A study done at the University of Richmond in Virginia has shown that rats can master the art of driving a tiny car, unlike some humans. The car, constructed out of a clear plastic food container on wheels and featuring an aluminum floor with three copper bars functioning as a steering wheel, allowed the rats to zoom around square arenas up to four square meters in size. The rats were rewarded with bits of Fruit Loops cereal when they touched the copper bars, which moved the car forward for the center bar, and left or right for each of the other bars.
Scientists encouraged the rats to further their driving skills by placing food treats at increasing distances around the arena. The rats learned to navigate in the car and used different steering patterns to reach their tasty rewards. The study also showed that learning to drive seemed to relax their furry test subjects and that rats driving themselves seemed more relaxed than their counterparts that were passengers in remote controlled cars.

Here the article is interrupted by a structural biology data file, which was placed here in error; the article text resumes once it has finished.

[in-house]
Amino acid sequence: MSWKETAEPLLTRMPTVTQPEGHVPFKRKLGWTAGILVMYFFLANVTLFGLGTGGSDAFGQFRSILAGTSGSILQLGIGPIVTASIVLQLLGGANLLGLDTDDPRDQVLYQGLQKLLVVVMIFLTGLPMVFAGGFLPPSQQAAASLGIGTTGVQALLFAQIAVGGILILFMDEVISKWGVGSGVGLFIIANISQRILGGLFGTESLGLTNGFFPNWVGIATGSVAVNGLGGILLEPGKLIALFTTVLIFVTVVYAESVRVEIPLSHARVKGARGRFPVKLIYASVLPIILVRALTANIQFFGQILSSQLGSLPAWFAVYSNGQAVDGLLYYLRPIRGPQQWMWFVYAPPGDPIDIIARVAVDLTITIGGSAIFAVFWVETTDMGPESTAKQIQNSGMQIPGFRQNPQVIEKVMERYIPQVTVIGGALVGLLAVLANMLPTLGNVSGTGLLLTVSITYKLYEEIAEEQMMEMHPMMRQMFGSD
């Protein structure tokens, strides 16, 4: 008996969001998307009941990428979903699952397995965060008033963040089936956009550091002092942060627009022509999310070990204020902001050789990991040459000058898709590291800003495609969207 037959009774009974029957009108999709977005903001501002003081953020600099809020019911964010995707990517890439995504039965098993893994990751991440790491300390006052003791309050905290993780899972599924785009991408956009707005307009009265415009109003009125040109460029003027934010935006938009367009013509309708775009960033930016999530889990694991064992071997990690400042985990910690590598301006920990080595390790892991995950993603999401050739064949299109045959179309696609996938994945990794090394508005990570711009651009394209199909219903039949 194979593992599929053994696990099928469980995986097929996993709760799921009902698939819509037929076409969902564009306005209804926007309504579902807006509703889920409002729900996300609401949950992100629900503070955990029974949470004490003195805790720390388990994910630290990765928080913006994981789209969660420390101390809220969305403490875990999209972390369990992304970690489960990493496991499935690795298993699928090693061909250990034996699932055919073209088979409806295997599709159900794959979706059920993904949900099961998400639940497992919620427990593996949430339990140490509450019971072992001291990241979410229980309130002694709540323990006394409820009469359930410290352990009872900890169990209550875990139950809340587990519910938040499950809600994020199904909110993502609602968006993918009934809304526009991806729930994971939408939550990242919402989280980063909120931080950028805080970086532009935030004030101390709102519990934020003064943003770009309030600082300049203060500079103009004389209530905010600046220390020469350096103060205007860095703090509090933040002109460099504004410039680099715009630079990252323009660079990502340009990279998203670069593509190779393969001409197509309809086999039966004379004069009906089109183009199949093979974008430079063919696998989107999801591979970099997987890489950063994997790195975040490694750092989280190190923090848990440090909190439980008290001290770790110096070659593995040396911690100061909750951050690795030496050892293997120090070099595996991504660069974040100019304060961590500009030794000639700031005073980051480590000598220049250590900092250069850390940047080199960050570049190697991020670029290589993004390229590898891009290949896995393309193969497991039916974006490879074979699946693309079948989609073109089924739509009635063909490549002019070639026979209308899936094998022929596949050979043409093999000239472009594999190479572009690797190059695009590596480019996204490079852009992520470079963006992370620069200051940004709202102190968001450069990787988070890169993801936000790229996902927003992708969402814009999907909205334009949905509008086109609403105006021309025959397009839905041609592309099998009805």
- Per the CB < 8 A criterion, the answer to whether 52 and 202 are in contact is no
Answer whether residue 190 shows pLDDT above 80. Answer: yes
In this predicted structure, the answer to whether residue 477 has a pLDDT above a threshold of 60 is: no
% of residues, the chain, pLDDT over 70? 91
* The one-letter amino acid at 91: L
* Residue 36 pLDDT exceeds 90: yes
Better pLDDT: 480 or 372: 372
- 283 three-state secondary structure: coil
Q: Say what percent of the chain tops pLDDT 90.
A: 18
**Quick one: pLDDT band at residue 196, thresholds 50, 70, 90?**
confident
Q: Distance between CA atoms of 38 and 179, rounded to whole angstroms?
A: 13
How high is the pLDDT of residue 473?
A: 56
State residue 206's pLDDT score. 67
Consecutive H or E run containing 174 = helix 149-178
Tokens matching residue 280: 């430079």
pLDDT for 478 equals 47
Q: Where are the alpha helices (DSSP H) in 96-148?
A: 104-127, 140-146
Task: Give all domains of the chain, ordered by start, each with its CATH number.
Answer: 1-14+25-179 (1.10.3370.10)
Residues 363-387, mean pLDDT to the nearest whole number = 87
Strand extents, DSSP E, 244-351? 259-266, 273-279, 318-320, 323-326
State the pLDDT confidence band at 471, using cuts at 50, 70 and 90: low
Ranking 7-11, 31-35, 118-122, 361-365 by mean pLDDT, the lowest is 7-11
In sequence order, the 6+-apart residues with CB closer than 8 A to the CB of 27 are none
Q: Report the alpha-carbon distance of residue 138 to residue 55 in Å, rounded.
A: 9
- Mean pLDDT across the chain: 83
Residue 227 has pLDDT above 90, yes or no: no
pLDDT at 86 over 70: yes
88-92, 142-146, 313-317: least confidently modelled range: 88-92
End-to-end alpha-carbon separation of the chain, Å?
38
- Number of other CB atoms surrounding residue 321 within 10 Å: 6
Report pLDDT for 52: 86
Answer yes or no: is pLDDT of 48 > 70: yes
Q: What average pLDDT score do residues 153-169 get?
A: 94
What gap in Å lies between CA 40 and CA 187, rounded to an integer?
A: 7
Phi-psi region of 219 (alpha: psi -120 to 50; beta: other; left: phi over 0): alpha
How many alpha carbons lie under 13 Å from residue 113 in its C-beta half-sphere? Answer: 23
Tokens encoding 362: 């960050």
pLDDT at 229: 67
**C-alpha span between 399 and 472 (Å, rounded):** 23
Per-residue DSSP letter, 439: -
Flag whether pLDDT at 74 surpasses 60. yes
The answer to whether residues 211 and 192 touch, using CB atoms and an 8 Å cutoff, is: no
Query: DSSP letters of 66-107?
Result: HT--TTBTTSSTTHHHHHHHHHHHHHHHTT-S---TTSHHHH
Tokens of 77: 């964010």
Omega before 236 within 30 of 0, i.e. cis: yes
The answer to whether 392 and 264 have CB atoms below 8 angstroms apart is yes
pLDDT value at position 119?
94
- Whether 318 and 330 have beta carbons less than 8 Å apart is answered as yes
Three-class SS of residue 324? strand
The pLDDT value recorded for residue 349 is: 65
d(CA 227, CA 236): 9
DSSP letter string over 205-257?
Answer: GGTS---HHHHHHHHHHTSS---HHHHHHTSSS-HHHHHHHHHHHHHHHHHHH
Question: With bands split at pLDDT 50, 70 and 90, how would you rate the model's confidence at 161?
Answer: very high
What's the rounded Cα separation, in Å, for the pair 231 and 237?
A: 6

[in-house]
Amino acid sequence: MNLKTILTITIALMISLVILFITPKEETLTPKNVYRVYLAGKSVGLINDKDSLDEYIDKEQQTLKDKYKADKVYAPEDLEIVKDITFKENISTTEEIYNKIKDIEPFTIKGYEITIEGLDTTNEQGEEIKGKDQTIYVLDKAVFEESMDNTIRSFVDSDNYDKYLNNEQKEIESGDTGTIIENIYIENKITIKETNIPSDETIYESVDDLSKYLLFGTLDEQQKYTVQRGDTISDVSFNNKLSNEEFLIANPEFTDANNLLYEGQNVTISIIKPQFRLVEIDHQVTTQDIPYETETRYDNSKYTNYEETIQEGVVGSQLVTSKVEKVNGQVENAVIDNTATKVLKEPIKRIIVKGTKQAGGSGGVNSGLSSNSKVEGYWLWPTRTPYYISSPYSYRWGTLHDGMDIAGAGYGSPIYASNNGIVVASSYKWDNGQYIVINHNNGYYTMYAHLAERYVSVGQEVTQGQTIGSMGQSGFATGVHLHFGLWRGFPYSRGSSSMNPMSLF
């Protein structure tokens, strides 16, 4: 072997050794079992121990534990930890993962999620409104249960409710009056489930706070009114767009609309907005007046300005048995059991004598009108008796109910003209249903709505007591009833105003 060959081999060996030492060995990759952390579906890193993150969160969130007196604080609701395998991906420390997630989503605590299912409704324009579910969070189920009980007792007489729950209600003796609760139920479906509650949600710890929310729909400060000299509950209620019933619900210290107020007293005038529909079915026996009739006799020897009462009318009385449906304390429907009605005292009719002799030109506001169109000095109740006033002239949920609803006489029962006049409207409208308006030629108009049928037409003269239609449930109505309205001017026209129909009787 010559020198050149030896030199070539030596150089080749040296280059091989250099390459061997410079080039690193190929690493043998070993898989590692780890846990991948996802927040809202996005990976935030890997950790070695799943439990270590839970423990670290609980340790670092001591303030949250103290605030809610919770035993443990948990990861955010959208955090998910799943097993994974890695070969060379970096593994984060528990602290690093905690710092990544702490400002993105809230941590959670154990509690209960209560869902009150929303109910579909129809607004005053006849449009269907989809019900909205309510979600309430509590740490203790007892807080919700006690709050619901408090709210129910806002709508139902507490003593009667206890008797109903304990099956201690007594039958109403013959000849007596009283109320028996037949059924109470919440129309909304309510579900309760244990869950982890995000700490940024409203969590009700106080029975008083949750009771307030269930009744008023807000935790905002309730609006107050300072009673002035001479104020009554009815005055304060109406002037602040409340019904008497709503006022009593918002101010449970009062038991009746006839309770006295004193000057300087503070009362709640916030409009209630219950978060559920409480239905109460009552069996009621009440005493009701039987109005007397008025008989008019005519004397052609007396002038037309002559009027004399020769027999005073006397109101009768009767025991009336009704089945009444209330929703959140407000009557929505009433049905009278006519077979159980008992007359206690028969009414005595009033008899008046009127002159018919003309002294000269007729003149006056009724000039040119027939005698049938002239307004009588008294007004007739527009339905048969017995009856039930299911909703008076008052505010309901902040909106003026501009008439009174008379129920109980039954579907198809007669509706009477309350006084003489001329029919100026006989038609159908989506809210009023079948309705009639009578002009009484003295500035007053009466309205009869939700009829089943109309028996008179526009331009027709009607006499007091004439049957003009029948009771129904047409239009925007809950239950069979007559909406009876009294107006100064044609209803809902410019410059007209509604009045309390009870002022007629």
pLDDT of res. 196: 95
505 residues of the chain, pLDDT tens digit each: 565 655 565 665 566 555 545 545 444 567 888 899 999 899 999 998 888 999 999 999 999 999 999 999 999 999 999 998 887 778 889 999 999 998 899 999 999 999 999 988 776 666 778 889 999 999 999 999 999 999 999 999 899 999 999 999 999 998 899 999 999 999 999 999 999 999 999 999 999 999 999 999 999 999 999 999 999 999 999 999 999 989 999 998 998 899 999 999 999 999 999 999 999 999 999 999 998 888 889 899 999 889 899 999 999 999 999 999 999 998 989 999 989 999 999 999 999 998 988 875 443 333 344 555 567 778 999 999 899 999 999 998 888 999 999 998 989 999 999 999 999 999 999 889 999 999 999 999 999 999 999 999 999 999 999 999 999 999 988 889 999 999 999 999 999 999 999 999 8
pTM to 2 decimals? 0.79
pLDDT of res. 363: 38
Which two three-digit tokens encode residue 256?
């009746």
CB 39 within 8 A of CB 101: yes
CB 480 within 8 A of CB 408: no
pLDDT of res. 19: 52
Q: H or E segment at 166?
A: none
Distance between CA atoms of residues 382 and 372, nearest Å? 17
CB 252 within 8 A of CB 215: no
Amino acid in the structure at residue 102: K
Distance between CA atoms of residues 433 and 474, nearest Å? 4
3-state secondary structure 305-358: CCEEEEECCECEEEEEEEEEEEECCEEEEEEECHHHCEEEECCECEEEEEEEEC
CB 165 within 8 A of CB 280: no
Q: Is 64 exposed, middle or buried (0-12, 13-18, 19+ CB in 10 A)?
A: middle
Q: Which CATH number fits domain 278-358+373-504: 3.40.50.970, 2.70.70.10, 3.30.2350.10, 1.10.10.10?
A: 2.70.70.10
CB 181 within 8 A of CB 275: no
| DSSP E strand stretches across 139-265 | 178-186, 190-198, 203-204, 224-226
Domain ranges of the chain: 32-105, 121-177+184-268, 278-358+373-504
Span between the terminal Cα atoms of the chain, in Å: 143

This seemed to reiterate a previous study done by Dr. Kelly Lambert and her team at Richmond, showing that rats tend to be less stressed after mastering a difficult task such as digging up buried food. Dr. Lambert says that rats may get the same sense of satisfaction that humans get when we perfect a new skill. In humans this is called self-efficacy or agency.
Lambert feels that researchers may be able to replace traditional test mazes with driving tests to study neuropsychiatric conditions. The effects of conditions such as Parkinson’s disease on motor skills and spatial awareness, or the effects of depression on motivation could be investigated with the use of these driving tests.
Follow-up experiments are being planned to understand how the rats are able to learn to drive, which area of their brain is involved and how driving seems to reduce stress on the rats.
It remains unclear why, exactly, many humans remain such bad drivers. If rats can do it, what’s our problem?